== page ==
In addition to extending an expanded child tax credit through 2025, giving parents monthly payments of at least $250 per child, it would provide free community college and paid family leave, among other benefits.
Funding the initiative would be a tax increase on the extremely rich, most notably a near doubling of the capital gains tax rate on incomes above $1 million to 39.6%.
Similarly, the top income tax bracket for those households earning beyond $400,000 is expected to revert to 39.6%, according to a Democratic aide granted anonymity to discuss the planning. That had been the top rate before the 2017 GOP tax overhaul approved by Donald Trump.
Initial reports of an increase in capital gains taxes triggered a stock market sell-off last week. But Brian Deese, director of the White House National Economic Council, tried to assuage voters Monday by saying just a fraction of the country would be paying more.
At a White House briefing, Deese said that only the top 0.3% of taxpayers would owe more. Out of 1,000 taxpayers, that means three would be subject to the higher tax on capital gains — which reflect the profits from a sale of an asset such as a stock or house.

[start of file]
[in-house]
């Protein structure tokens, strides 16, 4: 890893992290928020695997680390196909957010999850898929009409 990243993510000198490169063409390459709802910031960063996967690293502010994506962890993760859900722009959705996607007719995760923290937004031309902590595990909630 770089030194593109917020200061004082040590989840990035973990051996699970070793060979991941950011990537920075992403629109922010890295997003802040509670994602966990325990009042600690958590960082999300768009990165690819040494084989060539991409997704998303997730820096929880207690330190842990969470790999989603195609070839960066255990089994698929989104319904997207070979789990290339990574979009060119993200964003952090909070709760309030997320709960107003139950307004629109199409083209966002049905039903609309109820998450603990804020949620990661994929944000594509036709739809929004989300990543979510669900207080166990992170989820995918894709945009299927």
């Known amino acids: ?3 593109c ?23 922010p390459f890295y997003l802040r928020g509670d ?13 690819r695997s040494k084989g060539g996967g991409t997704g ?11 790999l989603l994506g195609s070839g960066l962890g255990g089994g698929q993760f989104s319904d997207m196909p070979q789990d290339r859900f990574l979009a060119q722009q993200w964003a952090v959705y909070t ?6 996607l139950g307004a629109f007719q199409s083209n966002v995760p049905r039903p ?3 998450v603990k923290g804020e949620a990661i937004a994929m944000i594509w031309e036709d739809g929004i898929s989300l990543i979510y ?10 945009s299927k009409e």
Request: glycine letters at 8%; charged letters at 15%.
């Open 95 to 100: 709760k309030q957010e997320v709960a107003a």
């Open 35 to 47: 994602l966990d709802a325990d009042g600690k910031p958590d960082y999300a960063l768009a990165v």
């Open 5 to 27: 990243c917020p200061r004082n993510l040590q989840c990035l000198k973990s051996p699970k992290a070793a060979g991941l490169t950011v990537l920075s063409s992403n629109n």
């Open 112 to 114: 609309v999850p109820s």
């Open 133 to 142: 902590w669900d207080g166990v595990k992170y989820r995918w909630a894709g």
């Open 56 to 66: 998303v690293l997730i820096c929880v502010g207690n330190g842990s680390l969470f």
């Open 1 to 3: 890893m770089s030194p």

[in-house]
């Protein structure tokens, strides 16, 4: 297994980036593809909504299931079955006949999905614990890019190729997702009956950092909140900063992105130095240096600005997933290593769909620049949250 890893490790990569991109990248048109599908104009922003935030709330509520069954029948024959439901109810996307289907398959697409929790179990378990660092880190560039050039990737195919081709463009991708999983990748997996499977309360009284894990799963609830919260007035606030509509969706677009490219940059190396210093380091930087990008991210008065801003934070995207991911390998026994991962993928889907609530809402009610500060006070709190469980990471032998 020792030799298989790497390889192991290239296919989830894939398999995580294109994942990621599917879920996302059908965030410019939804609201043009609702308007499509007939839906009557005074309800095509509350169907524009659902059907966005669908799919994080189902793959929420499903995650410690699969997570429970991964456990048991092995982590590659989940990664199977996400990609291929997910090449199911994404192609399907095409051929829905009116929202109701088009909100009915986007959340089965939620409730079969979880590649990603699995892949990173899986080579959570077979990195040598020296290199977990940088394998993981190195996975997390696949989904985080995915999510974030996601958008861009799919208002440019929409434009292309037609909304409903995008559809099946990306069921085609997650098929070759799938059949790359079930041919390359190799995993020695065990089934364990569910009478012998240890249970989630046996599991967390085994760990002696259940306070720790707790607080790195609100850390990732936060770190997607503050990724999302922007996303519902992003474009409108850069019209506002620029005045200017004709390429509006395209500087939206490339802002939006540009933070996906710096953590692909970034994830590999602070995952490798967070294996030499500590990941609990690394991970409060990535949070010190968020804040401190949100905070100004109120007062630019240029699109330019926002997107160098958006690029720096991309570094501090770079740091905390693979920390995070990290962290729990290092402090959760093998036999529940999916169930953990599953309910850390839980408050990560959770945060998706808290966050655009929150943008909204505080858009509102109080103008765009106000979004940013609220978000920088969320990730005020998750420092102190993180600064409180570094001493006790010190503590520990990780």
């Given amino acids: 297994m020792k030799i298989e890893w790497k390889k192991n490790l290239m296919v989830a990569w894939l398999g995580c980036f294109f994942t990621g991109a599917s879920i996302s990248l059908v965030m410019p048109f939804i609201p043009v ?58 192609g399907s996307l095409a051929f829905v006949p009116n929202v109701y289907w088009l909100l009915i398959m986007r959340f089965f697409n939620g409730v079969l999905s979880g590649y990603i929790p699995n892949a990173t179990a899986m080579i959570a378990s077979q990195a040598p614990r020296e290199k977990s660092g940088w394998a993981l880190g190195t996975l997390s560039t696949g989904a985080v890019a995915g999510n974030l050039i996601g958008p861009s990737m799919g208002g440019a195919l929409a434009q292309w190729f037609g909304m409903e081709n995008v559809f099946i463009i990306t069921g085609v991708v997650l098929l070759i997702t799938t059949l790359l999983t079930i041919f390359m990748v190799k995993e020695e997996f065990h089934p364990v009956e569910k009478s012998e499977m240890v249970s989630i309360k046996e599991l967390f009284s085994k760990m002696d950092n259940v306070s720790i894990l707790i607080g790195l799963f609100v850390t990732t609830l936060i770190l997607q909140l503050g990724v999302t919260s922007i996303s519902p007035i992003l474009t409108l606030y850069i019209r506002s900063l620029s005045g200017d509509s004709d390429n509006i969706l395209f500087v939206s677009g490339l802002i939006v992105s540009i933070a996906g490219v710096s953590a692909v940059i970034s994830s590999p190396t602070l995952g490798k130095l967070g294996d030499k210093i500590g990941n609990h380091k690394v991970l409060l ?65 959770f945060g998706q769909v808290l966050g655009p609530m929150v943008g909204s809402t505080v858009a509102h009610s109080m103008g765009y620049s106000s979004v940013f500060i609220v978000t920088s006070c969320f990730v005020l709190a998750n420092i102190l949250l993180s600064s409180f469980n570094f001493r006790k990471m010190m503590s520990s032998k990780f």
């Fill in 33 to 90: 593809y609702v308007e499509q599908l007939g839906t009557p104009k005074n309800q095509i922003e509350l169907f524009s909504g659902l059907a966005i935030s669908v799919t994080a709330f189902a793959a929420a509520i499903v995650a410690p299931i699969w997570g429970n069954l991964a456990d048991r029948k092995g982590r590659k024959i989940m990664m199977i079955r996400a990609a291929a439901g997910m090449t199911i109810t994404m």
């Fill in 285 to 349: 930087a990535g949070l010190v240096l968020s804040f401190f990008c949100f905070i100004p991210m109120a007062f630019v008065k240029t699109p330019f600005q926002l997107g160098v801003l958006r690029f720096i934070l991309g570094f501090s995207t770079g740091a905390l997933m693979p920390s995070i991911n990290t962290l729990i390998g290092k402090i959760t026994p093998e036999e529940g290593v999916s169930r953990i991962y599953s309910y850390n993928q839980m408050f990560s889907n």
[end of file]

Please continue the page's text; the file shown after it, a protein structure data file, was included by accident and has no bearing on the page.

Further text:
Because capital gains are taxed at a peak rate of 20% now, wealthier individuals who earn most of their income through the financial markets can often pay a lower tax rate than people who think of themselves as middle class and live off their salary.
“We believe that it’s not only fair, but it would also help to reduce the kinds of tax avoidance that significantly undermines trust and fairness in the tax code itself,” Deese said. “The revenue from this provision would help invest directly in our kids and our families and our future economic competitiveness.”
Republican leaders have said they are unwilling to undo the 2017 tax law, their signature achievement of the Trump presidency, to pay for what they view as big spending by Democrats.
No Republicans voted for Biden’s coronavirus rescue plan, which was signed into law last month. Last week, Republican senators proposed an alternative infrastructure plan focused on more traditional highway and bridge investments that would be one-fourth the cost, paid for by tolls and other user fees.
Selah and Toppenish residents voted in favor of renewing school levies in a special election Tuesday.
In Selah, a second try at the measure was passing with 53.7% of the vote on Tuesday. In Toppenish, the levy had a 58% approval rate, according to initial results. To pass, they need 50% plus one vote.
The education programs and operations levies are used to fund programs beyond basic education. In Toppenish, that includes arts, preschool upgrades, technology, safety, graduation specialists, additional classroom support, robotics programs, field trips and maintenance, said Superintendent John Cerna.